Jim tells me we have gone eighty miles today in a little less than four hours….at 23 knots!  It’s good to let the boat get out and really run every once in a while.

We are slowly winding our way back towards the marina where we will stay a couple days and hopefully rent a car and do the tourist thing in Savannah.

The Nauti Gal is really thirsty again, so we took on 432 gallons of diesel fuel when we got in….diesel fuel is expensive here – over $1.50 a gallon.  We got to our dock at 12:43 p.m.  The temperature here is 101 degrees!!!!  HOT!

Fred, please keep us updated on Spike, okay??  Talk to you-all tomorrow.

Another very hot, humid day……in the 90’s.  We are still in Thunderbolt, just outside of Savannah.  Jim has rented a car so we can do the ‘tourist’ thing here today.

Once we got into Savannah, a very busy place, by the way, we found a parking garage and caught one of the trolleys that takes you all over the city.  Savannah is one of the most charming of southern cities.  It continues to restore parts of the downtown area.  The city’s two-square-mile historic district is the nation’s largest urban National Historic Landmark, with more than 1,000 architecturally or historically significant structures restored and in use.  The city traces its heritage back to 1733, when British General James Oglethorpe founded Savannah on a bluff overlooking River Street and the Savannah River.

Along Savannah’s waterfront is a nine-block-long plaza containing more than 70 boutiques, restaurants, galleries, pubs and museums.  Many festivals and celebrations go on through-out the year.    There are pretty parks (they call them squares) all over the city, which we really enjoyed.  Another thing that was so impressive to us were the trees……they have beautiful, beautiful oak trees with the Spanish moss on them all over the city!  We walked down to the waterfront where they had a big art and craft show going on….also entertainment.  While down there, we saw docked a three-masted sailing vessel…very pretty.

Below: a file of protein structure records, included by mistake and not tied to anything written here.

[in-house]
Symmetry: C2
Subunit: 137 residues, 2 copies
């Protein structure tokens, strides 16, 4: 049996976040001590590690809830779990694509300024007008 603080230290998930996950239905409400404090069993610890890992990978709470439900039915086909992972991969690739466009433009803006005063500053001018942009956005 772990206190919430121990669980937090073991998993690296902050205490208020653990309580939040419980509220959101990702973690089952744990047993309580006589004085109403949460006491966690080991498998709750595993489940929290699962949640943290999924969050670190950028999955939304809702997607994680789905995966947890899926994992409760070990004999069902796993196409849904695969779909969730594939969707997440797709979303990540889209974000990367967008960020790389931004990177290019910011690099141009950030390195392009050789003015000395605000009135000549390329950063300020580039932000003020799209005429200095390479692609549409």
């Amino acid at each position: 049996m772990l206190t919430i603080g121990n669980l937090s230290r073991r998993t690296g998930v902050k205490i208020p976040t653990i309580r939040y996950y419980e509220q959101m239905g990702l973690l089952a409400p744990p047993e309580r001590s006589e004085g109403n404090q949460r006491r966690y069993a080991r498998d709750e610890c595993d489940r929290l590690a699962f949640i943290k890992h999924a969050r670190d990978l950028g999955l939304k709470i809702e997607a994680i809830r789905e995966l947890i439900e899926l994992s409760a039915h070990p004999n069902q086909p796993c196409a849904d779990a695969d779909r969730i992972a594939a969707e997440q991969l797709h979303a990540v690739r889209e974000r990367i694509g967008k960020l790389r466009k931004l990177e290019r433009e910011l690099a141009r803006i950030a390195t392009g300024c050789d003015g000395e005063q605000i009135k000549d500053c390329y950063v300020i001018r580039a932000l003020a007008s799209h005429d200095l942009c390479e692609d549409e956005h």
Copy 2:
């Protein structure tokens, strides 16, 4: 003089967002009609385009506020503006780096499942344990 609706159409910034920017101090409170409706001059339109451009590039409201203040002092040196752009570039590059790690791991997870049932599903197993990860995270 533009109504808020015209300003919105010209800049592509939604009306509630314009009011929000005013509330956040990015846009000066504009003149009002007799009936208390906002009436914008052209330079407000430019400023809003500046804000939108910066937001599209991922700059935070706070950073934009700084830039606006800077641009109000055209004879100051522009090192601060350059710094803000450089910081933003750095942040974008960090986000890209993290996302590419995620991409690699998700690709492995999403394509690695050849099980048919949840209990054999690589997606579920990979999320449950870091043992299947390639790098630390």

Anyway, we just about wore ourselves out again….I really think it is more the humidity than anything.  I guess the people who live here must get used to this heat, but we find it really bothers us after a while.  It wasn’t THIS hot when we were in Florida!

The rise and fall of the tide is quite interesting….as I believe I mentioned before, they have eight foot tides here.  When we left the marina this morning, the tide was out.  You have to walk up a ramp from the dock you are on.  Because of the tide being out, it was like walking up a very, very steep hill.  When we got back from Savannah later, the tide was back in and you were almost walking flat across this ramp. 

Our friends from the Trawler “Cheers” pulled in this afternoon…..they usually, sooner or later, catch up with us.  They are very nice people.  He told us he was having problems with his one engine overheating.  So, at least part of the way today, he was running on only one engine.  So far the Nauti Gal has run real well for us!!